Did you become a real estate agent because you want to help people turn their dreams of owning a home into a reality? Or maybe you wanted to take advantage of a hot real estate market.
Whatever the reason, there's a lot at stake when you help people buy a home. And if things go sideways, you could be at risk.
Here are five of the most common real estate agent claims and what you can do to help prevent them.
When someone buys a home, they want to know what they're getting into. If you don't provide complete and accurate information, they can't make an informed decision about a property.
Misrepresentation can impact a client’s decision to buy. That might mean telling them a house they’re interested in is 2,500 square feet when it's 2,200 square feet. Or that the property line runs along the back of the flower beds when it actually runs along the front.
2. Failure to disclose information
As a real estate agent, you must disclose everything you know about the property — even if it means your clients decide not to make an offer. If you pulled a property history report or have previous experience with the property and know the house has structural issues, asbestos or lead paint, you have to tell them.
You are also responsible for ensuring inspections that might reveal this type of information are completed. When you get the reports back, it's important to review them with your clients to make sure they're aware of any potential issues.
There's a lot of money at stake when someone buys or sells a home. If you don't do everything you can to help your clients get the best possible deal, they could lose out on thousands or even tens of thousands of dollars.
If you don't guide them through the buying/selling process, ensuring they fill out the proper tax forms and file the necessary paperwork by the appropriate deadlines, they might have to pay additional fees. Or the deal could fall through altogether, and you could be held responsible.
Most real estate agents don't intentionally mislead their clients. But mistakes can happen. The best way to prevent real estate claims for misrepresentation, failure to disclose information and negligence is by doing your due diligence.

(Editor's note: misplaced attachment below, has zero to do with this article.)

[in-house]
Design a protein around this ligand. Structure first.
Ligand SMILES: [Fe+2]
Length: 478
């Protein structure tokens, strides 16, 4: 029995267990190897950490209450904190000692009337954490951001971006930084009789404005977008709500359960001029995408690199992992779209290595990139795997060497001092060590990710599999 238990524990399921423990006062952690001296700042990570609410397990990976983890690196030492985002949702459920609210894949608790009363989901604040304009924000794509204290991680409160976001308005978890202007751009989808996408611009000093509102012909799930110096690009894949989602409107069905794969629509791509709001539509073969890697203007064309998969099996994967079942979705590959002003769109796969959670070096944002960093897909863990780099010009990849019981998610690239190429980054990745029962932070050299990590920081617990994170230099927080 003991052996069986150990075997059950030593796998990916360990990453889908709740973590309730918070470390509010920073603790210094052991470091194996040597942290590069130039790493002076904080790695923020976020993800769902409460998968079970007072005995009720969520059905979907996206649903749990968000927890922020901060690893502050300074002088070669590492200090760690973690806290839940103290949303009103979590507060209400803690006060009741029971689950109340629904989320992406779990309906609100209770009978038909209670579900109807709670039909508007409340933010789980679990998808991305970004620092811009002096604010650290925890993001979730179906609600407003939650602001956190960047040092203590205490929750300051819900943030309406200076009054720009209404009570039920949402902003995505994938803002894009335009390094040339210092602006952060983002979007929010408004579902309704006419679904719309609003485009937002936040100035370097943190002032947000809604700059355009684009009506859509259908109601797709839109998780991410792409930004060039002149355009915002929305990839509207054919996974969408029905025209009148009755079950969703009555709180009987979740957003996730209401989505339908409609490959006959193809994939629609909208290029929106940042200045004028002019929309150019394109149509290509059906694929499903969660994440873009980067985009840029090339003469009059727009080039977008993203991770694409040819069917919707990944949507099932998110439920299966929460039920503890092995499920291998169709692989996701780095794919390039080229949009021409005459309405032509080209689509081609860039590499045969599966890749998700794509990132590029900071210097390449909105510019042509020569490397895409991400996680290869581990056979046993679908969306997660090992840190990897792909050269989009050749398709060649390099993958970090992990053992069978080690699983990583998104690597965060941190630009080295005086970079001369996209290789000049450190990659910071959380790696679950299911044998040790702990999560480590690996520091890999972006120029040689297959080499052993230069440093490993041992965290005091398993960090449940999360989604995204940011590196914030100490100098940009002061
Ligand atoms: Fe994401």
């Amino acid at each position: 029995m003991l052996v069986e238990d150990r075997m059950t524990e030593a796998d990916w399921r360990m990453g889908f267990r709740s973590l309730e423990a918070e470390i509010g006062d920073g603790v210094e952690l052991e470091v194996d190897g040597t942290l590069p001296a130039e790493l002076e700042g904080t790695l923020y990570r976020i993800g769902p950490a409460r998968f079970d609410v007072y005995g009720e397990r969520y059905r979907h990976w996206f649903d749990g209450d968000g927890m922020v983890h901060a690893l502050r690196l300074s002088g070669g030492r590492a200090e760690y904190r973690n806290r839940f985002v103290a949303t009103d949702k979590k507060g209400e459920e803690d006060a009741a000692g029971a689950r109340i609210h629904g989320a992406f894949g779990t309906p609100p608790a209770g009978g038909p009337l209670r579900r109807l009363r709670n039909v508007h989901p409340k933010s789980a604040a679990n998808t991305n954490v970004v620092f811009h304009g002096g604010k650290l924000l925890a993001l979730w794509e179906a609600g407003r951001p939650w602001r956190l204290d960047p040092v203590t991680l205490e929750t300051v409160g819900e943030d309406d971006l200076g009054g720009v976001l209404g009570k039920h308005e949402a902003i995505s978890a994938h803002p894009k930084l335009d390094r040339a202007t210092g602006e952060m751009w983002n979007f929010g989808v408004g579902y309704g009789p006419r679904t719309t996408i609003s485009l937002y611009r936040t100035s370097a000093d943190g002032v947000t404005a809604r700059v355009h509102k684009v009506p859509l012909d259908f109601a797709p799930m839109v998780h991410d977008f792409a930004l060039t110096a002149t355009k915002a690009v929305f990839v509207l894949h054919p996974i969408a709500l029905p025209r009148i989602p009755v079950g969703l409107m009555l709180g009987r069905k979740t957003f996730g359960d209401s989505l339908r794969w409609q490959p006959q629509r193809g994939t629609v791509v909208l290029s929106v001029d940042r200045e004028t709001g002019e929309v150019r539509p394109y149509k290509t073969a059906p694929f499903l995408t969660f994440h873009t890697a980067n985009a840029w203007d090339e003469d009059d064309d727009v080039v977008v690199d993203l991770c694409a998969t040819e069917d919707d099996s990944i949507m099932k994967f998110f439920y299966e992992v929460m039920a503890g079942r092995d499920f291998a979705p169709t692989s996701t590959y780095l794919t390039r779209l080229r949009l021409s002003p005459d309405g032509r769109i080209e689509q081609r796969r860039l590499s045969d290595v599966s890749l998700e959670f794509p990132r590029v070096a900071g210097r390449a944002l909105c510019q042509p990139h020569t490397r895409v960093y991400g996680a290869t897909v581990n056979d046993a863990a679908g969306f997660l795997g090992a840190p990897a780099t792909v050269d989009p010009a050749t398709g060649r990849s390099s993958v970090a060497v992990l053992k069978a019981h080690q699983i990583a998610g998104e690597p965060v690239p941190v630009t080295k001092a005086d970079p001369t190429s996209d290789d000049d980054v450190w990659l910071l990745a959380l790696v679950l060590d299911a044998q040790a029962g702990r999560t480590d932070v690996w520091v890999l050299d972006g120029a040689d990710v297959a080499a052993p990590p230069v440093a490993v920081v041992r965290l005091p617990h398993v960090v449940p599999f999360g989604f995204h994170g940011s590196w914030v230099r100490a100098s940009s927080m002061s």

- Tell prospective buyers about property defects that would affect the value of the property or their decision to buy.
- Disclose background information you have about a property, whether you obtained it from a property history report or previous experience with the property.
- If you give your clients information you obtained from a third party, disclose the source of the information.
- Counsel your clients on issues that may affect the value of a property so that they can make an offer accordingly.
- Disclose results of previous inspections of the property. Document visual inspections and your advice to the buyer or seller about those inspections, so they can't say you didn't tell them.
- Keep accurate records of your communication with clients.
- Make sure sellers understand disclosure requirements and sign all disclosure forms.
- Get the proper signatures on all required paperwork.
- Comply with all contractual obligations you have to your client.
- Skip the hard sell. Make sure property descriptions are accurate and don't exaggerate the features and benefits of a specific property.
Having real estate errors and omissions insurance can help you defend yourself in case you’re accused of making a mistake that causes someone to lose money. Also called professional liability coverage, many real estate brokers will require agents to have the coverage.
4. Slips and falls
Slips and falls don't just happen on wet floors. When you take someone to see a property, you're responsible for their safety, so it's important that you don't walk into a dangerous situation.
If you're showing a house that has a dog, make sure it’s put away. If you're taking a client to see a commercial property that's been unoccupied, make sure it's structurally sound. Keep your eye out for slip and fall hazards such as low lighting, stairs and incline changes
It’s also wise to carry general liability coverage which can help protect you from some of the most common accidents at open houses. It can help pay for an injured third party’s medical expenses or pay for any damage to someone else’s property up to your policy’s limits.
5. Auto accidents
Any time you're on the road, you could get in an accident, including when you use your car to get to and from showings. To reduce your risk, engage in safe driving practices.
- Obey all traffic signals.
- Leave plenty of time between appointments, so you don't feel like you have to rush to avoid being late.
- Don't speed and maintain a safe distance from the car in front of you.
- Don't pass vehicles in no-passing zones.
- Always use your signal when you change lanes or turn.
Since real estate agents spend significant time on the road, it’s essential to have commercial auto insurance. Why? You probably already have personal auto insurance and drive your personal vehicle to showings. However, personal auto probably won’t cover accidents that happen while you’re driving for business purposes. Having commercial auto helps fill the coverage gap that a personal policy misses.
How NEXT helps real estate agents get the insurance they need
Every business is unique. At NEXT, you can mix and match policies to create a customized real estate agent insurance package based on the specific needs of your business. Choose from general liability, workers compensation, professional liability and commercial auto policies.
Our online application makes it easy to review coverage, get a quote and purchase a policy in less than 10 minutes.
If you have questions or need help during the process, our licensed, U.S.-based insurance professionals are available to help.
Get your free online quote today.